If the “fight or flight” Sympathetic brain commands are disrupted, people may feel tired, crave salt or sugar, experience excessive hunger, or get anxious. People may get heart palpitations, tingling or numbness in their arms (hands or face), disrupted night vision, varicose veins, E.D., stiff necks and shoulders, severe (“migraine”) headaches, or insomnia.
If the “rest and digest” Parasympathetic brain commands are disrupted, they may affect the intestinal tract (heartburn or constipation), and immune system (autoimmune disorders), and produce chronic pain syndromes (fibromyalgia). People may get sleep apnea, “restless legs”, morning nausea, night sweats/hot flashes, power surge sensations when they should be at rest, or non-restorative sleep.
There are five stages in Autonomic Dysfunction. In Stage 3, people experience symptoms that affect their daily life, like GI trouble, sleep trouble, headaches, temperature regulation problems, or dizziness.
Stage 4 and Stage 5 Autonomic Dysfunction is the result of progressive deterioration.
Spectral analysis Autonomic testing measures the weakening of one or of both the Autonomic branches. This is essential diagnostic information for diabetics to know because they may develop weak Autonomic patterns years or decades too early than the natural rate of aging.
Advanced Autonomic Dysfunction
Extreme Autonomic imbalance, Stage 5 Autonomic Dysfunction, is cardiac autonomic neuropathy (CAN) with a 50% mortality rate in 5 years. This Autonomic pattern places diabetics at risk of cardiac events, including when the Autonomics are artificially suppressed, like when someone has gone to sleep under anesthesia.
Diabetes prematurely accelerates the ability of the brain, through the Autonomic Nervous System, to properly control the heart (leading to CAN = increased risk of sudden death). The Autonomic Nervous System balance must be restored to reverse CAN and restore average aging.
The first step is identifying Autonomic Dysfunction and CAN and then stabilizing them with medication when necessary. The second step is to lower metabolic inflammation in the body and brain with every tool available. Reducing inflammation is greatly accomplished by critical shifts in diet, food quality, and cooking methods. This is how people make their kitchens more potent than the operating room.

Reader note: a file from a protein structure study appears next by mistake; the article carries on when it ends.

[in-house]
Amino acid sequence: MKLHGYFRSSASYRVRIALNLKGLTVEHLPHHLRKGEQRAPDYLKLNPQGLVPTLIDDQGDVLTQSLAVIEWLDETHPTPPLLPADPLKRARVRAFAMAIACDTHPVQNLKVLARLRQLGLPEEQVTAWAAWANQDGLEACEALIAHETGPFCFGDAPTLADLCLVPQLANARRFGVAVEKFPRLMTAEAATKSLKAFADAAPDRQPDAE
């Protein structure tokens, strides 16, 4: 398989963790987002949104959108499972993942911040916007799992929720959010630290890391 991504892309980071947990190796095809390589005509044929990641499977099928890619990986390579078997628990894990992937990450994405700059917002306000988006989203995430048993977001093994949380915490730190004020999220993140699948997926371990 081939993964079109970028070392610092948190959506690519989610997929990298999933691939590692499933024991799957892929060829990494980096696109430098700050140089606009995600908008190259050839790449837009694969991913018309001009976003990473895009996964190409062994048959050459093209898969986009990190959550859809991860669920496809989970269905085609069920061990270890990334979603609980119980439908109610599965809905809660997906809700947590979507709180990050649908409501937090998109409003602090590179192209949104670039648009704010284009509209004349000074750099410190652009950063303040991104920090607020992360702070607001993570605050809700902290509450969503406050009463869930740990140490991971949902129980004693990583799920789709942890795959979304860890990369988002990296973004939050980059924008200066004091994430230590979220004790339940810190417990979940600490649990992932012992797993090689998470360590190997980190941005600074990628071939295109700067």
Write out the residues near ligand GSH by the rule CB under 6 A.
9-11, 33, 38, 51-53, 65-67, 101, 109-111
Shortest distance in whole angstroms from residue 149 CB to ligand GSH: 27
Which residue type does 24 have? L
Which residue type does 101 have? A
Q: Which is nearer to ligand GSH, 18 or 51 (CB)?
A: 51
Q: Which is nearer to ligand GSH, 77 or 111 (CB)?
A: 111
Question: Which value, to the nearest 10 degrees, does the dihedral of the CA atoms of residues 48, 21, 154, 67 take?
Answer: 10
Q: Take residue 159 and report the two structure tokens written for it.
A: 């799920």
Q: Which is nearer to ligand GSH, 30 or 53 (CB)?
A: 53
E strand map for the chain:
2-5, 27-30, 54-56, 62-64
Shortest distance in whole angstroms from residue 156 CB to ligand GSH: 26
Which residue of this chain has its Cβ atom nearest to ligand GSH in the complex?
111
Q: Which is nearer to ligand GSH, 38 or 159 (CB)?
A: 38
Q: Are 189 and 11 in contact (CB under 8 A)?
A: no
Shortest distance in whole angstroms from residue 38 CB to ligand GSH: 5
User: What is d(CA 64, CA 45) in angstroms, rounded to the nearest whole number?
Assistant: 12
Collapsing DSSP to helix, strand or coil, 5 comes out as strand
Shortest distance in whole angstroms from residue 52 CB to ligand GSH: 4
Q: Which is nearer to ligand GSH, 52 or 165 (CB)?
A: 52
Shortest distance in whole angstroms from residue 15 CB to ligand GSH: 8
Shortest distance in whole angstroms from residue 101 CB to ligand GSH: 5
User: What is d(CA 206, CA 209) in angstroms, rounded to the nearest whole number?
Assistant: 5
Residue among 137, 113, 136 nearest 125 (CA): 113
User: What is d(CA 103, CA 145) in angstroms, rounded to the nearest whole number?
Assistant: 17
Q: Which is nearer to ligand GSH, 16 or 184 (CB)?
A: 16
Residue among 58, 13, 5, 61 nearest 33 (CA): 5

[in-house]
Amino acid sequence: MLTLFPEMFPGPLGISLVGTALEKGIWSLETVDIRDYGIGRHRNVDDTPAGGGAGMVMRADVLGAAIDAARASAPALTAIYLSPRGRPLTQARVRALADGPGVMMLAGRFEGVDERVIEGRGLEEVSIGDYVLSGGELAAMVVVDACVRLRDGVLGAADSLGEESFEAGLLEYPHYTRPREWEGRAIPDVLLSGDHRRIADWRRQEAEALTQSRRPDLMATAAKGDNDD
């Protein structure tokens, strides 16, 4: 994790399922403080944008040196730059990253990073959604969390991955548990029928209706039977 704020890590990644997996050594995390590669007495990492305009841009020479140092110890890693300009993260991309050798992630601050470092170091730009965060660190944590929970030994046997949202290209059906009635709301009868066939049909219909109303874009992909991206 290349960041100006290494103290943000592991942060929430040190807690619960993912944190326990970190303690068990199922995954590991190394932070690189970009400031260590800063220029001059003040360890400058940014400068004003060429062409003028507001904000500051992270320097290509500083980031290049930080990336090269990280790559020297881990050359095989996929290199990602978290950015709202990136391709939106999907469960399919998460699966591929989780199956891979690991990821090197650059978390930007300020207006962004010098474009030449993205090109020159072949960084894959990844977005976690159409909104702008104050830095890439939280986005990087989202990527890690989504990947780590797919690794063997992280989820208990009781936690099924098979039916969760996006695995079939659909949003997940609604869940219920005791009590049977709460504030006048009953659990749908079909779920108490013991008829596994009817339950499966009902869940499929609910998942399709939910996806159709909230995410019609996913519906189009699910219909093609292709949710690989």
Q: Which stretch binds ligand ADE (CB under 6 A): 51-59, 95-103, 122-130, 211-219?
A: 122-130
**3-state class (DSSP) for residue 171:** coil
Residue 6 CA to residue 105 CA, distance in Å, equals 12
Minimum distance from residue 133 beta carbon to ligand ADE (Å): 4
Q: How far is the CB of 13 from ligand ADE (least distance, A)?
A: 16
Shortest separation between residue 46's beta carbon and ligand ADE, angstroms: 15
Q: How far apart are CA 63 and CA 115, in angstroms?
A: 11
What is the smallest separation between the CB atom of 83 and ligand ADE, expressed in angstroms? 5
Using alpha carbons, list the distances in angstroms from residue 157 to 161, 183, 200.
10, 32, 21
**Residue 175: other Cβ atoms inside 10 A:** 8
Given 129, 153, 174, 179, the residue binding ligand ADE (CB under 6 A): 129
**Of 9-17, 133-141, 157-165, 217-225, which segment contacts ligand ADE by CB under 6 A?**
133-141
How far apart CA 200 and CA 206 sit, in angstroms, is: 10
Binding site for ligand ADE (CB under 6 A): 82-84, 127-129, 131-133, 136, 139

Metabolic inflammation is the cumulative effect of a variety of problems. Excessive omega-6 fatty acids (vegetable oils) and deficient omega-3 fatty acids (DHA, ALA, EPA) in our foods are believed to be of significant global triggers of obesity and diabetes. Compounding this is an imbalance of intestinal bacteria (SIBO) and the ingestion of chemicals referred to as AGEs (advanced glycation end products).
AGEs are formed from heating sugar and protein molecules at high cooking temperatures and are often found in commercially prepared foods. The higher and longer the temperature during cooking, the more AGEs are formed. Simply cooking foods at lower levels results in lower blood sugar levels for diabetics.
If you are diabetic or pre-diabetic, you need to reduce your levels of inflammation to maintain a brain that can function more normally. By lowering inflammation enough, your Autonomic Nervous System can recover, and this improvement can reduce blood sugar, blood pressure, hunger levels, and body weight.
Fixing the brain to fix the body takes persistent effort by the patient. Still, I have guided Autonomic recovery even in diabetics who presented in my office with advanced Stage 5 Autonomic Dysfunction.
Remember, it is the failure of the brain is that sets into motion the failure of the body. And we can reverse CAN.
This post is provided as an information resource and is not to be used or relied on for diagnostic or treatment purposes. This information is not intended to be patient education and does not create any patient-physician relationship.